But in 1979, with $5 million in annual profits, Lyman lay paralyzed with a spinal cord tumor. He faced a one-in-a-million chance he'd walk again. The prospect of life in a wheelchair wakened lost memories about a boy on a farm.

"When I was a kid, we had birds, trees, living soil. Now the birds were gone. The soil had no worms in it. The farm was no longer a breathing thing; it was an increasingly precarious chemical equation." Lyman vowed to dedicate his life to the land, the family farm, and the animals.

Miraculously, he awoke from surgery able to walk. In 1983 Lyman sold his 10,000-acre farm and became a voice for the financially strapped family farmer. As a lobbyist for the National Farmers Union, Lyman helped pass the National Organic Standards Act of 1990.

Still, Lyman's personal health did not parallel his concern for the nation's food source. At 350 pounds with a cholesterol count of 300, he questioned long-held assumptions about the link between health, livestock farming, and the environment.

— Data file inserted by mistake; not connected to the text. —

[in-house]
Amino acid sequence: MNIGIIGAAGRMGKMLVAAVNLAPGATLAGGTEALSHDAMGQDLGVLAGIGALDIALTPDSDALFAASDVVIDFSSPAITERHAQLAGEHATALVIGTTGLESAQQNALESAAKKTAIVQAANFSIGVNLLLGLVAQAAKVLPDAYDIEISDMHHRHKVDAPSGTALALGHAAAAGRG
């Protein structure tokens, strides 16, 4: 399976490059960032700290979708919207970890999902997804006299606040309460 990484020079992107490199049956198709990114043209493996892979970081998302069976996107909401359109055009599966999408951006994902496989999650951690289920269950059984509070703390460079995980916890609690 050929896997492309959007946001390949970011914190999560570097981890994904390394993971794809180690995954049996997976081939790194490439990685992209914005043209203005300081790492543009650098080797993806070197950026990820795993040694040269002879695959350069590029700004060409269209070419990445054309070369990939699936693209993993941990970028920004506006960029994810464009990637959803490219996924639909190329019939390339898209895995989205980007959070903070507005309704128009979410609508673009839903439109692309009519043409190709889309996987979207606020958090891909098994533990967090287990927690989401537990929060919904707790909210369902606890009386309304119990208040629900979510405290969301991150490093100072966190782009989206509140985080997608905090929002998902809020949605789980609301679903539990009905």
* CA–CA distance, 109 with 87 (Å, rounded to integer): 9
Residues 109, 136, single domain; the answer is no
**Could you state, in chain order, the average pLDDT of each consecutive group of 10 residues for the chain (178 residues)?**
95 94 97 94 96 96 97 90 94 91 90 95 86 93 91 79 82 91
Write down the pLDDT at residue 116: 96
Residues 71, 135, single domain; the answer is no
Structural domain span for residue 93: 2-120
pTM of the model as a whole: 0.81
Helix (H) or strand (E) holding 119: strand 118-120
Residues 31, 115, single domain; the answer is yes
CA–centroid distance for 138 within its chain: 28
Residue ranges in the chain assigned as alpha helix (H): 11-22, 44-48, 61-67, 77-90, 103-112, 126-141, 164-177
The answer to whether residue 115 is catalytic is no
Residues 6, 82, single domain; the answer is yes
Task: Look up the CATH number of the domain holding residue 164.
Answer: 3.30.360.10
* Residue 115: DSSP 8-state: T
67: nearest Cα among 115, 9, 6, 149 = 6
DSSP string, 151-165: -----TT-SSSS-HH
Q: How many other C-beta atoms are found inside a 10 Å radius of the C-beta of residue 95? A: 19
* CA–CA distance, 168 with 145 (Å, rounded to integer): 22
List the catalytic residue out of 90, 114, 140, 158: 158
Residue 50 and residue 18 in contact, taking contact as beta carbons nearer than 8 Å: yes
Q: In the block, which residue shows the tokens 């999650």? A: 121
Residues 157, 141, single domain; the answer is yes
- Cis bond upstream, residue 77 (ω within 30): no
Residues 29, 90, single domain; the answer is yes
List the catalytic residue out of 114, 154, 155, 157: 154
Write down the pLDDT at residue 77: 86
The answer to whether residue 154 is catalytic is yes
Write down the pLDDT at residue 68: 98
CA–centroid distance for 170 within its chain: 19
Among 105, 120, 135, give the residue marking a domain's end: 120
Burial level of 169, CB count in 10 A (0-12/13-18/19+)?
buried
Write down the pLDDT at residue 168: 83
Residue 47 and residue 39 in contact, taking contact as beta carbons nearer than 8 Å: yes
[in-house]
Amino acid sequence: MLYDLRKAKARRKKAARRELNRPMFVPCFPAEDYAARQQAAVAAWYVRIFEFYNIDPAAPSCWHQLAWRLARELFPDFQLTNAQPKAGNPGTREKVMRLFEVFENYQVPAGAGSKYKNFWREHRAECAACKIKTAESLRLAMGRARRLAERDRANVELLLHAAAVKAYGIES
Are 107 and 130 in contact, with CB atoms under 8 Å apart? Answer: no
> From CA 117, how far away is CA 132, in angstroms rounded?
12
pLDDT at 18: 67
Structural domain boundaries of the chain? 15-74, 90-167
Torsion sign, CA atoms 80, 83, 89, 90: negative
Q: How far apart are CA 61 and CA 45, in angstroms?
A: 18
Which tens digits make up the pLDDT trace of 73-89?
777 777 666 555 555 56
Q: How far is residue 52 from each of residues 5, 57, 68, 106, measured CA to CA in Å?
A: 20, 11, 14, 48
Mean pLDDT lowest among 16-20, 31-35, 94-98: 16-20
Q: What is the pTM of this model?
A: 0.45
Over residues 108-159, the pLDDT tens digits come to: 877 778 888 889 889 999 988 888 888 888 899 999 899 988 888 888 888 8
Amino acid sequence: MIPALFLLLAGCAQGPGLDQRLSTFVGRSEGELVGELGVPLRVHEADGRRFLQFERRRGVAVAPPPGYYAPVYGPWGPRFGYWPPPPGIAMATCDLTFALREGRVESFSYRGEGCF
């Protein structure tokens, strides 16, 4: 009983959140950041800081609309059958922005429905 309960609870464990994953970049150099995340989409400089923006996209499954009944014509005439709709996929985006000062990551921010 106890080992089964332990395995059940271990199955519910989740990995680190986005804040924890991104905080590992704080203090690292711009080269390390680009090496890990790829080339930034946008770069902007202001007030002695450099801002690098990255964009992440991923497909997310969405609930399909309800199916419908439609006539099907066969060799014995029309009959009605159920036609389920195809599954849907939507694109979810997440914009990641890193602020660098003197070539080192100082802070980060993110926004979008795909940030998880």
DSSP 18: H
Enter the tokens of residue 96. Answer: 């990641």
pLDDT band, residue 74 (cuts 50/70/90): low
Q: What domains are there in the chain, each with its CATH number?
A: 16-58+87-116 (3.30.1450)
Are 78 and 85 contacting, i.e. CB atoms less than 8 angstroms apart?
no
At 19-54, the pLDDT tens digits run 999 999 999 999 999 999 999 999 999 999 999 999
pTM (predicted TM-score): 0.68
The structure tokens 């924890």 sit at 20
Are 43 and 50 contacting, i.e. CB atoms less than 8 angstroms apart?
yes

"I can tell you from firsthand experience — [animal agriculture] is not sustainable," Lyman contends. Today's factory farms tax water, land and energy stores. Grain-fed livestock guzzle 80% of U.S. water reserves. Beef production consumes more water than the total amount expended on U.S. fruit and vegetable crops, John Robbins claims in The Food Revolution.

Every year enormous lagoons stockpile 220 billion gallons of animal poop. The manure seeps into soil, ground water and local aquifers. An EPA study reveals U.S. farms cause 70% of river pollution and 49% of lake pollution.
Modern farms process livestock assembly-line style in artificial settings that require antibiotics, chemicals, hormones and steroids to keep animals alive. Hog farms warehouse 600-pound sows in narrow gestation stalls. At veal factories tiny calves are chained by the neck inside two-feet-wide crates. Millions of egg-laying hens are packed into 48 to 64 sq. inch wire coops. Each bird occupies a space the size of a folded newspaper. of river pollution and 49% of lake pollution.

More than 25 billion animals perish in industrial slaughterhouses every year. On the poorly supervised kill floor, many are conscious as throats are slit. "If those animals had set out to take revenge on us, they couldn't have done a better job," Lyman says, citing his own obesity as well as America's high rate of heart disease and cancer.

"Suddenly the circle came together for me. We were eating animals and it wasn't working. I became something I never dreamed I'd become: vegetarian."